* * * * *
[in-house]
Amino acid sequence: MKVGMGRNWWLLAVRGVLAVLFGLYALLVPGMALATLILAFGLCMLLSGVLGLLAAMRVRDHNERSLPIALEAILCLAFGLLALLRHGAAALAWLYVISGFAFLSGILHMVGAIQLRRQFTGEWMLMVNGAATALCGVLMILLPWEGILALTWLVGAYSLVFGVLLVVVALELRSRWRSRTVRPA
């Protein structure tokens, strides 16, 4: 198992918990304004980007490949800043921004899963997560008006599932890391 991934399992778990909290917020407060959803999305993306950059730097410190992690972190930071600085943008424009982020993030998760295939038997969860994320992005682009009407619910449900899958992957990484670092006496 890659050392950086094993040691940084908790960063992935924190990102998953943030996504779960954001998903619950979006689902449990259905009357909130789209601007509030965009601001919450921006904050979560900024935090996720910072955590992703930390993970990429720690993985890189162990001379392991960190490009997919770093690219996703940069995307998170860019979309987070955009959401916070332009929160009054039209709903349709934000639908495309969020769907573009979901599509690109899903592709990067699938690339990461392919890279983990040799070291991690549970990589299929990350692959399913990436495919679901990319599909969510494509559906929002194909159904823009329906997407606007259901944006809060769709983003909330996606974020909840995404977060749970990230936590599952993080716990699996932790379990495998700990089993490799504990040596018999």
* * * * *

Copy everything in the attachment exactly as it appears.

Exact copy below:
[in-house]
Amino acid sequence: MKVGMGRNWWLLAVRGVLAVLFGLYALLVPGMALATLILAFGLCMLLSGVLGLLAAMRVRDHNERSLPIALEAILCLAFGLLALLRHGAAALAWLYVISGFAFLSGILHMVGAIQLRRQFTGEWMLMVNGAATALCGVLMILLPWEGILALTWLVGAYSLVFGVLLVVVALELRSRWRSRTVRPA
């Protein structure tokens, strides 16, 4: 198992918990304004980007490949800043921004899963997560008006599932890391 991934399992778990909290917020407060959803999305993306950059730097410190992690972190930071600085943008424009982020993030998760295939038997969860994320992005682009009407619910449900899958992957990484670092006496 890659050392950086094993040691940084908790960063992935924190990102998953943030996504779960954001998903619950979006689902449990259905009357909130789209601007509030965009601001919450921006904050979560900024935090996720910072955590992703930390993970990429720690993985890189162990001379392991960190490009997919770093690219996703940069995307998170860019979309987070955009959401916070332009929160009054039209709903349709934000639908495309969020769907573009979901599509690109899903592709990067699938690339990461392919890279983990040799070291991690549970990589299929990350692959399913990436495919679901990319599909969510494509559906929002194909159904823009329906997407606007259901944006809060769709983003909330996606974020909840995404977060749970990230936590599952993080716990699996932790379990495998700990089993490799504990040596018999």